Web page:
KBDN

Young Designer Hits the Ground Running

2019 KBDN Innovator and 2020 NKBA Thirty Under 30 designer Ariana Lovato has built a thriving business from the ground up through constant, consistent hard work.

authors Autumn McGarr | January 10, 2020

Pismo Beach, CA — From a fairly young age, Honeycomb Home Design owner Ariana Lovato had an awareness of the benefits of good design. “I wasn’t making doll houses or rearranging my room constantly, but I did pay attention to the way spaces made you feel, like hotels or restaurants or friends’ houses that I just enjoyed being at,” she recalls. “And I didn’t really know exactly why I liked [those spaces], but later on I realized, ‘Oh, it’s because it was well thought out and well designed.’”

A visit from a design and merchandising school rep to her San Luis Obispo high school cemented her interest in interior design, and after graduating from the Fashion Institute of Design and Merchandising in Los Angeles, Lovato immediately put her nose to the grindstone.

“I worked with my best friend’s mom, who was a designer, for about three years as her assistant…and then I worked for a builder in Santa Maria doing large spec homes,” she says. “I got a really big education in construction at that job, and we’d have to do quality walks and electrical walks and all that stuff. So that was a really big deal to me, and it’s knowledge that I took with me when I eventually started Honeycomb about four years ago on my own.”

This master bath remodel – which formerly featured pink countertops – now combines coastal elements such as clean white shiplap with classical elements to create a peaceful, timeless feel.

This appreciation for good design and construction is reflected in the name of her firm: “I love geometric shapes…and when the hexagon is stacked upon one another, like in a beehive, it’s actually [one of] the most structurally sound shapes that there is when it’s pressed upon,” she explains. “That eventually led me to ‘Honeycomb.’”

Cultivating a presence

While Honeycomb Home Design is certainly a distinctive and memorable company name, Lovato has had to put a great deal of effort into creating and maintaining a solid, recognizable brand, both on and offline. This serves not only to draw potential clients to her company, but also to ensure that they are the right clients.

“I’ve put a lot of time into what I want my presence to be seen as, so that when a client is coming to us, they’ve already kind of vetted us,” Lovato says. In addition to a quality website, social media has been a boon for her brand. “The use of Instagram and Facebook and Google has really helped me as well…Even video has been huge in my business because it allows people to get a sense of my personality before we even meet.” She adds, “I had a new client yesterday, I went to their home and they said, ‘I feel I already know you because I watched your Instagram videos,’ and I was like, cool! I don’t have to work as hard!”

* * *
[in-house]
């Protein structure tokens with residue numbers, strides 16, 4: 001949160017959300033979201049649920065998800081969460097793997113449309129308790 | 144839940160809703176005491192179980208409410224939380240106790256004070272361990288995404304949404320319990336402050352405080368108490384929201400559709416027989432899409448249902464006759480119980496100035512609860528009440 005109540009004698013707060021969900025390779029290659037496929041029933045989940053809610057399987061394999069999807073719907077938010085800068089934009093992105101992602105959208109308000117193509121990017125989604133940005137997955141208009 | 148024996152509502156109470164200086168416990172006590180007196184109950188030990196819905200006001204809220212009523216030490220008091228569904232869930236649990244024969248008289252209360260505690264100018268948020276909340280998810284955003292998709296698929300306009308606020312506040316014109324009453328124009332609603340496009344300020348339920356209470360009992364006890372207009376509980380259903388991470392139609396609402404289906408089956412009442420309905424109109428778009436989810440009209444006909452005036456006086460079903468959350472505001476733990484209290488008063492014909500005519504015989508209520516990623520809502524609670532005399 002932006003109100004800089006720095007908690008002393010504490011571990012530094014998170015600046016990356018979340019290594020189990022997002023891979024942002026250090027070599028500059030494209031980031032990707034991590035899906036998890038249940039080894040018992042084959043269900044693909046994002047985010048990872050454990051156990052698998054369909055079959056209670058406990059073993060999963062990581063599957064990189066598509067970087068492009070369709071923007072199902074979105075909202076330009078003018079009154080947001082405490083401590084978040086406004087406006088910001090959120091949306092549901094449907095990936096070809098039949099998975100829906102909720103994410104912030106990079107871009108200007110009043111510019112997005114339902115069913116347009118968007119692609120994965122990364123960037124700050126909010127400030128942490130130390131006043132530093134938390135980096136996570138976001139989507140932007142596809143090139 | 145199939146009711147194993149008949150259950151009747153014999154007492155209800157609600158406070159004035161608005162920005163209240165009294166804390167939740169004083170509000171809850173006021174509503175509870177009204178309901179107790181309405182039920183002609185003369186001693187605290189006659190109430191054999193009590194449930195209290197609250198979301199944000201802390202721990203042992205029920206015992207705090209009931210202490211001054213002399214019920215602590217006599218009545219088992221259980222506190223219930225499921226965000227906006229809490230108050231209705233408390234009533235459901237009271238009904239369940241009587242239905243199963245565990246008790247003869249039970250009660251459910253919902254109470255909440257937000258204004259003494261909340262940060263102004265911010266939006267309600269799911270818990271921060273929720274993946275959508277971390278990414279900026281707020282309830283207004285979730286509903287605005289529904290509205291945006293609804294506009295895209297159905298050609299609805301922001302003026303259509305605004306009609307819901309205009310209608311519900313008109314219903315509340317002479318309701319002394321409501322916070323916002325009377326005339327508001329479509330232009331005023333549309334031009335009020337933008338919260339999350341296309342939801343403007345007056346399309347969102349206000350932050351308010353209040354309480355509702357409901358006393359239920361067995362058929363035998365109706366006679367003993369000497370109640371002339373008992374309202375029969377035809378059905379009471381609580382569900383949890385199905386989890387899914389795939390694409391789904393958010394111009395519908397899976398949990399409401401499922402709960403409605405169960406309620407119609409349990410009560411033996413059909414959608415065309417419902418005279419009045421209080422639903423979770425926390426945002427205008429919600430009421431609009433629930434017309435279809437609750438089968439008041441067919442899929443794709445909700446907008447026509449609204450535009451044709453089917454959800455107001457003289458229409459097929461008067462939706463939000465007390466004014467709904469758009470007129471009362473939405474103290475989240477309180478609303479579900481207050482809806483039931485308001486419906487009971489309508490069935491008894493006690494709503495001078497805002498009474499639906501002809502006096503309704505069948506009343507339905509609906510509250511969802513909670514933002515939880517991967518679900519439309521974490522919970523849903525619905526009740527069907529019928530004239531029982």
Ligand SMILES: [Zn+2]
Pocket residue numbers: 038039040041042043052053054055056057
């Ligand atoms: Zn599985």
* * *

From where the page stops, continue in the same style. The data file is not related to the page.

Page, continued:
Lovato’s efforts to foster awareness of her company offline have taken a far more traditional form. After starting her own company at 25 (with, she recalls sheepishly, about $400 in her bank account), Lovato drummed up business the old fashioned way. “I worked really hard networking, and by networking, I mean I was literally just telling everybody what I was doing,” she says. “I started reaching out to local builders in my area, emailing or calling or just going to visit them and letting them know who I was and what I was doing.”

Full speed ahead

Recently, Lovato’s name has been popping up in some prestigious places – the NKBA’s 2020 Thirty Under 30 list, LUX Life’s 2019 Designer of the Year, Woodworking Network’s Best Office Cabinetry Design, DesignHounds and Best of Houzz (not to mention KBDN’s very own 2019 Top 50 Innovators list) – and, according to Lovato, there is no magic solution to garnering this kind of notice at such a young age.

This kitchen, part of a whole-house remodel, required the removal of several walls in order
to open the space up and create a Midcentury Modern vibe.

“It’s hard work, and you have to be very consistent,” she says. “That’s the biggest thing that I could ever stress to anyone – to be consistent with how you work, how you post, how you email, who you are.” She adds, “Sometimes you feel like a hamster on a wheel…I’ve sacrificed a lot of fun to build my business, but to me there was no question about it.”

As her business heads into the new year, Lovato isn’t planning on slowing down. “I’ve spent the last three years growing Honeycomb and trying to streamline our processes and marketing and the feel of the brand and the business. And I’m hoping that next year I can really take it to next level,” she says. Her plans include carrying additional product lines to what she already carries and furthering her education wherever possible in order to stay on the cutting edge of kitchen and bath design.

Lovato believes that, while the workload of owning her own business will not decrease, her abilities and her confidence in her abilities will increase and make the load easier to bear. “This past year, I’ve had a lot of sleepless nights, and bad things can happen, but how you manage the stress does get easier over time.” ▪

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